Disillusioned by his bitter rivalry with Thomas Edison over the invention of the incandescent lightbulb, 41-year-old Maine-born inventor Hiram Stevens Maxim sailed for England in 1881, never to return to the United States. Aware that his career in electrical engineering had ended, Maxim became consumed with creating an automatic gun, inspired by the casual remark of an American friend, who said, “Hang your chemistry and electricity! If you want to make a pile of money, invent something that will enable these Europeans to cut each other’s throats with greater facility.”
In the spring of 1887, the emperor himself came out to the Steinfeld firing range a few kilometers from Vienna to watch the Austrian Army trials for rapid-firing weapons. Franz Joseph seemed particularly impressed by the performance of the Nordenfeldt model, a gleaming five-barreled rifle demonstrated by a team of two—one man feeding the cartridges, the second carefully cranking out 180 shots per minute. The day’s last entrant was a huge, bearded American—the inventor, salesman, and demonstrator of a small British firm’s only product: a squat, rather ugly gun.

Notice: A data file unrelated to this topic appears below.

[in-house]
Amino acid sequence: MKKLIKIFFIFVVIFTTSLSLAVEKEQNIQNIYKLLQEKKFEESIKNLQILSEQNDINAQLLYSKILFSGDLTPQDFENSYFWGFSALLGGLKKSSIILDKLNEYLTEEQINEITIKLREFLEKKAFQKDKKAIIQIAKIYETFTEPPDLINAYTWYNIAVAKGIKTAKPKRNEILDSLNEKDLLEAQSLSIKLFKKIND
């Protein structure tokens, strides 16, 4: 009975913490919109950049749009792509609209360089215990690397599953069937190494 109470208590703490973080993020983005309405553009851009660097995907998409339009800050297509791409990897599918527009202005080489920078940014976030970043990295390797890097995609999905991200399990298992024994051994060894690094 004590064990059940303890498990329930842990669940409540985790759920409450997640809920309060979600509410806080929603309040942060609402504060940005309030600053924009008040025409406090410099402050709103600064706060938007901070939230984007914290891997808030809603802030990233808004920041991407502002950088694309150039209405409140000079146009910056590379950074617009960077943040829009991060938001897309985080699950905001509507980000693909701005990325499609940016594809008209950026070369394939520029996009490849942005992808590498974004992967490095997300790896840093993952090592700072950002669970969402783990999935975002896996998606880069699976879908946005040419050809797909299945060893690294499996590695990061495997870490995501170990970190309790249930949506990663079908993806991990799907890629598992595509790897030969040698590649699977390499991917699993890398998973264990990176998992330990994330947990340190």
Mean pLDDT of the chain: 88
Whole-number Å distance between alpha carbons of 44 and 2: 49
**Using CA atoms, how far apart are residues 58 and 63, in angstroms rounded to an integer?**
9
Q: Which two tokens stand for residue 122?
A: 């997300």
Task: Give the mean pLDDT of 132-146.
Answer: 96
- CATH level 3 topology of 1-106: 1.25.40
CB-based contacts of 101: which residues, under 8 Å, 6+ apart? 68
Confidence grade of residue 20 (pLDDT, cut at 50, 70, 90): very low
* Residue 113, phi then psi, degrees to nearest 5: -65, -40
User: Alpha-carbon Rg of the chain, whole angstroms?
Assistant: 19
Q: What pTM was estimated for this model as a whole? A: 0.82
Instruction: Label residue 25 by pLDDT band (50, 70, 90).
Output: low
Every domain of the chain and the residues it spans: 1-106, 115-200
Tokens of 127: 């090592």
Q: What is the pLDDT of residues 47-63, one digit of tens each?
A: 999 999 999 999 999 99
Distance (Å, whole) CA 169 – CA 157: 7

The United States Electric Illuminating Company of Charleston started up South Carolina's first central station for incandescent lighting in October 1882 -- only one month after Thomas Edison opened his famous Pearl Street plant in New York City. In the following years, the company's parent firm was a major force in the growing electrical industry.